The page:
Where Canadians turn to for information in an emergency… Web moves ahead of Newspapers, still behind TV and radio

posted by Brendan Hodgson

I speak often to companies about the role of digital technology and social media on contemporary crisis communications. It is a fascinating topic — not only for the issues that it introduces, but also because it requires the integration of a number of operational functions within organizations themselves, not simply communications.

That said, one of the key challenges in convincing companies to re-think their crisis response programs to reflect this new digital dynamic, is providing solid evidence that the web has become an increasingly vital conduit to communicating directly with stakeholders in times of crisis. In my view, the usual national penetration numbers don’t cut it.

So I was glad to find out that the Canadian Centre for Emergency Preparedness (CCEP) has just released the first in a series of annual national survey-based studies, entitled: Preparing for Crises: Findings and Implications from the National Survey on Emergency Preparedness in Canada.

Of the issues explored in the survey, the most interesting, in my mind,related to the information sources that respondents said they would turn to during an emergency. As Randy Hull, Emergency Preparedness Coordinator for the City of Winnipeg, notes in his foreward:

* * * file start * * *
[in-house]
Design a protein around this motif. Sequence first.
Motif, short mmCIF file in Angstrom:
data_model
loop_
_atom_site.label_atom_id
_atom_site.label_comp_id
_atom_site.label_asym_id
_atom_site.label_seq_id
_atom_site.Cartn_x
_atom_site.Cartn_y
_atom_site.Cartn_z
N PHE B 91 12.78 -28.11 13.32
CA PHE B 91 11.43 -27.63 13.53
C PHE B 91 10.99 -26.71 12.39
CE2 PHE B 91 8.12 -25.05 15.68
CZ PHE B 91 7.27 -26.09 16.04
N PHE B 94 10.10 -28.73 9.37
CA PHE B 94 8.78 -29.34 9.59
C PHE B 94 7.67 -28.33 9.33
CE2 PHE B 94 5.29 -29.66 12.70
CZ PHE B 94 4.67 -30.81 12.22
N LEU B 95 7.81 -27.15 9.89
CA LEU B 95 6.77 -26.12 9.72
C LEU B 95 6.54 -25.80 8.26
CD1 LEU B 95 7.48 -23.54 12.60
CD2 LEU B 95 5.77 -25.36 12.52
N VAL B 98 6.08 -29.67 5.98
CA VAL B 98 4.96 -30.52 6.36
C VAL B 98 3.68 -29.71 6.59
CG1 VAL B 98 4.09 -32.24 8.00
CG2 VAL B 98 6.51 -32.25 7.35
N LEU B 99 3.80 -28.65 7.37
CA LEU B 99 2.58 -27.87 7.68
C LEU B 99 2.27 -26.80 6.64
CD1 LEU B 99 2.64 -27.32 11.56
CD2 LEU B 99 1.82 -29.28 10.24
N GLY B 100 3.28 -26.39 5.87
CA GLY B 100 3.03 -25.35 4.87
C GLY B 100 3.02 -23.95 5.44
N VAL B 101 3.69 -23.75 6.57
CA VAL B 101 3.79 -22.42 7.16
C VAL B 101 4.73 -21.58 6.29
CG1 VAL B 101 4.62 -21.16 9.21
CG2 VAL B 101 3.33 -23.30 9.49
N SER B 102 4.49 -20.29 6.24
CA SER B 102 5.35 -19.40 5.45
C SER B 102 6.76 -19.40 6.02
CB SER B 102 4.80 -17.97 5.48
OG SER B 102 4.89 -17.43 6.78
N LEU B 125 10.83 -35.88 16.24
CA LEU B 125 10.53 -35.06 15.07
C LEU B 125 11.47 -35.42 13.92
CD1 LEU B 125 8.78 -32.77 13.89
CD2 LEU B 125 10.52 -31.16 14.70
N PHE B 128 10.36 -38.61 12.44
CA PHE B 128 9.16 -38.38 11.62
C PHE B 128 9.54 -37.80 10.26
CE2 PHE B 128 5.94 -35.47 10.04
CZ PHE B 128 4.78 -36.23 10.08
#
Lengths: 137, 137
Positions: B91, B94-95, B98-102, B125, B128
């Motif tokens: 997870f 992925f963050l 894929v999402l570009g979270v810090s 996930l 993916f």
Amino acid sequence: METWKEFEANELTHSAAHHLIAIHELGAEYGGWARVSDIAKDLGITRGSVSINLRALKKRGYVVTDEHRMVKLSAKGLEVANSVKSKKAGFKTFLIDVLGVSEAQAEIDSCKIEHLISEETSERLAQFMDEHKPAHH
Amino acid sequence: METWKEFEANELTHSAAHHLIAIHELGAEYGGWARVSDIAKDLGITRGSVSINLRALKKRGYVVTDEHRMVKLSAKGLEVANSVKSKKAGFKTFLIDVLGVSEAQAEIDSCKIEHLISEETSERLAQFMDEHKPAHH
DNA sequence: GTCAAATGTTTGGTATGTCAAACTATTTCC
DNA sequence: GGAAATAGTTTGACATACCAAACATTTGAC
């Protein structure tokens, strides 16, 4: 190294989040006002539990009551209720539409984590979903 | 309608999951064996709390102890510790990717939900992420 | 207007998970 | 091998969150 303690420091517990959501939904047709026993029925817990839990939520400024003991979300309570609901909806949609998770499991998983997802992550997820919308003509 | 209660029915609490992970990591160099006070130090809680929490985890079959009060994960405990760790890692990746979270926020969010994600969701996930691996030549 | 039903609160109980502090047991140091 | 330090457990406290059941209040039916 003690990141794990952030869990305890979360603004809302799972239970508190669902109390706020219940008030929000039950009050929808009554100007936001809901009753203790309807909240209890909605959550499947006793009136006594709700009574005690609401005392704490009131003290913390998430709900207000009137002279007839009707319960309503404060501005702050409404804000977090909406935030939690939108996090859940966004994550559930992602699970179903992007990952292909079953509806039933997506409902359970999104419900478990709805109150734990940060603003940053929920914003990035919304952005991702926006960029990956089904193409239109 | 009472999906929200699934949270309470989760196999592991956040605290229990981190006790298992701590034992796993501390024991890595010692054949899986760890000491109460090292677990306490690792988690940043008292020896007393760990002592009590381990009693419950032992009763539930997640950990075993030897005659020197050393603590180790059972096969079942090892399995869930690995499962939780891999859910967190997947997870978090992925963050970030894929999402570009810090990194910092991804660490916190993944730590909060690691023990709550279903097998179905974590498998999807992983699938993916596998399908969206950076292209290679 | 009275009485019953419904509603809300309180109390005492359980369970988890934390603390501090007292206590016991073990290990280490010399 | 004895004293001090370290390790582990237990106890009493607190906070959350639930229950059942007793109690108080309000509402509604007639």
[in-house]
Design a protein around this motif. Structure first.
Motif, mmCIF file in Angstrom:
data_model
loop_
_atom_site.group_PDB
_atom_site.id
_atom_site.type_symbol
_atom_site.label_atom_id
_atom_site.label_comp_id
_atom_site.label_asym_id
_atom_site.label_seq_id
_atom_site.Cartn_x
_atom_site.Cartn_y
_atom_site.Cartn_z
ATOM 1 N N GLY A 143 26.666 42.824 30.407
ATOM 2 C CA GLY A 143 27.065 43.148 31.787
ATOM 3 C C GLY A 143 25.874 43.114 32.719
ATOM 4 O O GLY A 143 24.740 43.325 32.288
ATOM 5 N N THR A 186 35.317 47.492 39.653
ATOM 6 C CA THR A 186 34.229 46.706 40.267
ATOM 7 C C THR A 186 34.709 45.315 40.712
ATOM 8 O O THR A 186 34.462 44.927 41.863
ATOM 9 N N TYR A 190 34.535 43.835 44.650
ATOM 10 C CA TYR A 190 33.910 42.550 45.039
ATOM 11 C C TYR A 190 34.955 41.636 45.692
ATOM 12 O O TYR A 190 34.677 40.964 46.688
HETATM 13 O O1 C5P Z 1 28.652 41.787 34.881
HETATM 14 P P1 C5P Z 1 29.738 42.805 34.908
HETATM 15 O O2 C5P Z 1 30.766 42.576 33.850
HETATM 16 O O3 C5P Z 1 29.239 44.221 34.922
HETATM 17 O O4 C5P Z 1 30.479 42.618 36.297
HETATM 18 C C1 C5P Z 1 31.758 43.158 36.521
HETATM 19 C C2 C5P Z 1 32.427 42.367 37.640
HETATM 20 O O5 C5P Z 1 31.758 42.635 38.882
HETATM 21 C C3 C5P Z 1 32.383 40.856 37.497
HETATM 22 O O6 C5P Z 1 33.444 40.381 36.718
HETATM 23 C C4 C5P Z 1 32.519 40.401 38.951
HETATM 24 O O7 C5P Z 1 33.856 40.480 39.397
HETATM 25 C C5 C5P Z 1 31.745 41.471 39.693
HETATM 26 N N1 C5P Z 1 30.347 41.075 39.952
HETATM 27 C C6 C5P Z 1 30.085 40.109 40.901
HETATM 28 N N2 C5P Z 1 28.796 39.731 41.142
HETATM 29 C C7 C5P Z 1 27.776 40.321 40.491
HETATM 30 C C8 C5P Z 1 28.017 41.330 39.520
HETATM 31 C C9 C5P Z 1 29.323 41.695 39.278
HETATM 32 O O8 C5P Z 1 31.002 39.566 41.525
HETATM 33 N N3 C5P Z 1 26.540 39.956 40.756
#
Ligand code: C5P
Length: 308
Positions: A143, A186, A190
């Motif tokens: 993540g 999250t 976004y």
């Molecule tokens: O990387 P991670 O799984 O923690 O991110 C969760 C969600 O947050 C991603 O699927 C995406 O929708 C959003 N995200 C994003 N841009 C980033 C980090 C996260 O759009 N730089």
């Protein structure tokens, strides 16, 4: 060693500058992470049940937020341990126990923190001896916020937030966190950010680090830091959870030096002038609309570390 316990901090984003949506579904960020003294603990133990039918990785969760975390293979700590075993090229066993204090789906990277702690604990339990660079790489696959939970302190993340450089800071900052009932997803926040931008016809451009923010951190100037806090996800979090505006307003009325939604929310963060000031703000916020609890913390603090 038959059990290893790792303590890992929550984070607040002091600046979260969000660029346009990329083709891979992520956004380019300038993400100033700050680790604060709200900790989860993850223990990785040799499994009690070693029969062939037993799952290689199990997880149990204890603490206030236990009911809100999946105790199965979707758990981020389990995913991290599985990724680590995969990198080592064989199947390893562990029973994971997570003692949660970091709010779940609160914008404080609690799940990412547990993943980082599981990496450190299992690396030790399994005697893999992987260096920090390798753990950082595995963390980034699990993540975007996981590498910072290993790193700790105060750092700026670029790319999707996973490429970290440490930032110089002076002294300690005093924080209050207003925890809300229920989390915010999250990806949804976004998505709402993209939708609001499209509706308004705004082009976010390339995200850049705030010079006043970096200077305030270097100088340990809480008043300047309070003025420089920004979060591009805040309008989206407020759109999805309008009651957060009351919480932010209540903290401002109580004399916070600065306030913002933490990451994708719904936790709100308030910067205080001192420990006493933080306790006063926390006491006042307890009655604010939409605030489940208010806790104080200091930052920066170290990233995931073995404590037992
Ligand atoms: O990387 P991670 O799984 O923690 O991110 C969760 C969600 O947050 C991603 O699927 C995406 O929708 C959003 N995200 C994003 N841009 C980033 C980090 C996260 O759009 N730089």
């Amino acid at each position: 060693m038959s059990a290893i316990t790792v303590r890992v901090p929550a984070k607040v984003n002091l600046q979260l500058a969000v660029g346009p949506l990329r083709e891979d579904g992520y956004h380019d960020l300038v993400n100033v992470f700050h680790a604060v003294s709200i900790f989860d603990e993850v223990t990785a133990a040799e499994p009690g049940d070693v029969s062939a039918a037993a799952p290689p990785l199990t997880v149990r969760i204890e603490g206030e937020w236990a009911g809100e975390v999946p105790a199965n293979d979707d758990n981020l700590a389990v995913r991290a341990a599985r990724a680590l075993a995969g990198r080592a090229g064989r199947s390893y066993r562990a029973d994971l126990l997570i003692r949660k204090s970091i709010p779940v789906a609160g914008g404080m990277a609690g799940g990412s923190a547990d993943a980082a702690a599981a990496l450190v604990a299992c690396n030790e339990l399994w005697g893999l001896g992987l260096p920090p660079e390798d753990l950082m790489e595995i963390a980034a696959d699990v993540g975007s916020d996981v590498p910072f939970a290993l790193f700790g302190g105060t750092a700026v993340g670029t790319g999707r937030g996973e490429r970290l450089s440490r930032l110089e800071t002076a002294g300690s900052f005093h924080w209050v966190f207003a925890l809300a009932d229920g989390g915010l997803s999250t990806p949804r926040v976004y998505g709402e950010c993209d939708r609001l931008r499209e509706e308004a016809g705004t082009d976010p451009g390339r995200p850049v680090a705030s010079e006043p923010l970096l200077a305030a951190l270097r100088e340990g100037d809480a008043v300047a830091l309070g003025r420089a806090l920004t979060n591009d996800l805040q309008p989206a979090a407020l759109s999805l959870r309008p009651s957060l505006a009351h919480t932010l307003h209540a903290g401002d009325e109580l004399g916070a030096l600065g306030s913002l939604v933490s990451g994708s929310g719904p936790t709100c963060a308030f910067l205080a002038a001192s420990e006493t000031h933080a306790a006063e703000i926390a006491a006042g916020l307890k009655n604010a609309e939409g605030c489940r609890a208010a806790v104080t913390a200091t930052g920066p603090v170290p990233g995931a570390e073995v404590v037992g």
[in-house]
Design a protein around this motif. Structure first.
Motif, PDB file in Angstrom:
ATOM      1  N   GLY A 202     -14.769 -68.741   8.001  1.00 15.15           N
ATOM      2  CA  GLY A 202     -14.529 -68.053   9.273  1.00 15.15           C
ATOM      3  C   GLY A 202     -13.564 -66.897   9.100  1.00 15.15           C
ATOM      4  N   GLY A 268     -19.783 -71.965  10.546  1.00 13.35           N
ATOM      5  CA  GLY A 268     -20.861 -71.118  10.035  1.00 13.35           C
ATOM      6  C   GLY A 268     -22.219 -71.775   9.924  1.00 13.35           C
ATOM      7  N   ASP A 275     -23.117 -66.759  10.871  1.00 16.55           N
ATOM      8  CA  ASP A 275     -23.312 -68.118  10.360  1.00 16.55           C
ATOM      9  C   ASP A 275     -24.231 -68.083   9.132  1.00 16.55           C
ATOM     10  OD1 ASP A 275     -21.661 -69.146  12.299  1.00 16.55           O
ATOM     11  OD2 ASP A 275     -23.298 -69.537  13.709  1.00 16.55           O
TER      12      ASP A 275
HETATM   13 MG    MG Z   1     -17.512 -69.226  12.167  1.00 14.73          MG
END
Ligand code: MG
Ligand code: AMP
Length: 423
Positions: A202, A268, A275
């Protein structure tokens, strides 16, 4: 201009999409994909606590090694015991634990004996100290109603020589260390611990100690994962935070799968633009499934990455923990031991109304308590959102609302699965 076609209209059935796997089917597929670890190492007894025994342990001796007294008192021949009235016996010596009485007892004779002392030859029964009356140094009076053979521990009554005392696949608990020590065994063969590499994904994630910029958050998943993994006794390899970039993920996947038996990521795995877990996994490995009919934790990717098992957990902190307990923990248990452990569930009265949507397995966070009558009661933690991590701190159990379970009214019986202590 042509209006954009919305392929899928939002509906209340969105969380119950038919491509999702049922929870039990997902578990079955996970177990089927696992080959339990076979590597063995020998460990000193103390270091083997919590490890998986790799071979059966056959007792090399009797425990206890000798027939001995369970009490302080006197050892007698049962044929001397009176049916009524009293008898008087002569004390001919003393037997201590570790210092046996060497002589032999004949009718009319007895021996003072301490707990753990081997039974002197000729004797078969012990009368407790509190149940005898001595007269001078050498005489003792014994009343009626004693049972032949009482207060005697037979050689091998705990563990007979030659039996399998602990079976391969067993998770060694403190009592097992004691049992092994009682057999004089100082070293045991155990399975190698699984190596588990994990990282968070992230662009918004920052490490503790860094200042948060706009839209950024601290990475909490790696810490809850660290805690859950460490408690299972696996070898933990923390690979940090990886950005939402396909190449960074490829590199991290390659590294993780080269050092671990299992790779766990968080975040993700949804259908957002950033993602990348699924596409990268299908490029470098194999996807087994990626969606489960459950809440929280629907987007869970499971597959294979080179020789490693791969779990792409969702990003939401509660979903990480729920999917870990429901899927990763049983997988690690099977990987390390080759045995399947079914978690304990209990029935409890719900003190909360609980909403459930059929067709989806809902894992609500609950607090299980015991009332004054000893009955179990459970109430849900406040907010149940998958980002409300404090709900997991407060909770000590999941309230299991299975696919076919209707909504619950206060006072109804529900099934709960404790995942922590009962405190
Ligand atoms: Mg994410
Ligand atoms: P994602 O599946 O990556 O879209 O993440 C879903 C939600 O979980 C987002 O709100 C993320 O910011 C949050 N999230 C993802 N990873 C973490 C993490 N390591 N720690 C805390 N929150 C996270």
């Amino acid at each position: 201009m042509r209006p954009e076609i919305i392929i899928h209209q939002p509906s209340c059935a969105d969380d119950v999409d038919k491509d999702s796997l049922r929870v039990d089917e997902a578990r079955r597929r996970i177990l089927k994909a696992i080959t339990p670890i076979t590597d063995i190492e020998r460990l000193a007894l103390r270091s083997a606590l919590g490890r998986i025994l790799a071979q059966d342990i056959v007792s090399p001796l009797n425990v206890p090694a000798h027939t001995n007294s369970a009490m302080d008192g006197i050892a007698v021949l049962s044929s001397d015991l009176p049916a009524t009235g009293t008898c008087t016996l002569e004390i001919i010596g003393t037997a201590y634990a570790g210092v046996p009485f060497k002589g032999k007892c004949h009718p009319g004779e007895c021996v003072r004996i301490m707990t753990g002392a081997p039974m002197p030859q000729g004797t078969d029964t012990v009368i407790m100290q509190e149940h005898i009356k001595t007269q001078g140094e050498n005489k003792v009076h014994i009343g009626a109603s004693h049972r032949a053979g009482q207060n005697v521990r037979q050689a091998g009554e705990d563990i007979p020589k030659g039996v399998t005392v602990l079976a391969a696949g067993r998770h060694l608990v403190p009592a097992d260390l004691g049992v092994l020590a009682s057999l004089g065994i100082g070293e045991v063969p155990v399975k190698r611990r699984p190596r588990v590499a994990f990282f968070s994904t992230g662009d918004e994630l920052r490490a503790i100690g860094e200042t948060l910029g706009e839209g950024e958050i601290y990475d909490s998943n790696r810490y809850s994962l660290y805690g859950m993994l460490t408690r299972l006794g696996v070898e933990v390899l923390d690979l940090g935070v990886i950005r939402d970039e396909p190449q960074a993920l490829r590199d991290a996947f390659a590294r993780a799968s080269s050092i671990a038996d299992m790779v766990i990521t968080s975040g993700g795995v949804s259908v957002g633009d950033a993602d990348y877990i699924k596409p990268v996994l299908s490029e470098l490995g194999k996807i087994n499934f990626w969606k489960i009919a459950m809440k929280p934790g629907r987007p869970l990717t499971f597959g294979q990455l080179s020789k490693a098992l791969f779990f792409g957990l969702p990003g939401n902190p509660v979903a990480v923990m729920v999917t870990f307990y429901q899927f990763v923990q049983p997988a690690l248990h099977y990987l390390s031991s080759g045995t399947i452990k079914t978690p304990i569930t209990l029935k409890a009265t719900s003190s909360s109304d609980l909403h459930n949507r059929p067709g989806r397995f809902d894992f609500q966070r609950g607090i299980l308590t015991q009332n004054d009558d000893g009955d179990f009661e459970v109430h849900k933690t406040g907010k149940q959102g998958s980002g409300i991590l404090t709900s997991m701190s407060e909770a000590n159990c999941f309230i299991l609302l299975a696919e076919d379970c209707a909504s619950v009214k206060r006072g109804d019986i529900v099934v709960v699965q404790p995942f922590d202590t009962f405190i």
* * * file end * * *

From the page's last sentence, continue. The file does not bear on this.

With regards to where public seek their information, I am reassured by the survey findings that TV, radio and Internet, are the most effective channels for reaching the public.The interesting number is that of Internet use, as it continues to increase. It will be of interest to see if this number surpasses the conventional media of radio and TV. Here in Winnipeg we created an extensive web site called EmergWeb, to assist people in their information search. This direction was taken based on 1997 flood data showing that 45% of people called, while the other 55% visited Winnipeg’s web page

Among its recommendations, the study authors noted specifically the following:

CCEP and governments might wish to focus more attention on the Internet, which displaced newspapers as the third most important source of emergency information. The emergence of the Internet calls for careful attention to public awareness of sites and public search practices. Data reported in table 6.2.1 in the Annex reveal that search engines and news sites are the main Internet avenues. The federal website, getprepared.ca, would receive essentially no direct traffic. From these findings, it follows that a priority should be for the federal government to ensure that search engines direct traffic to its site and that communications and advertising alert the public to the site’s presence

You can access the study here.

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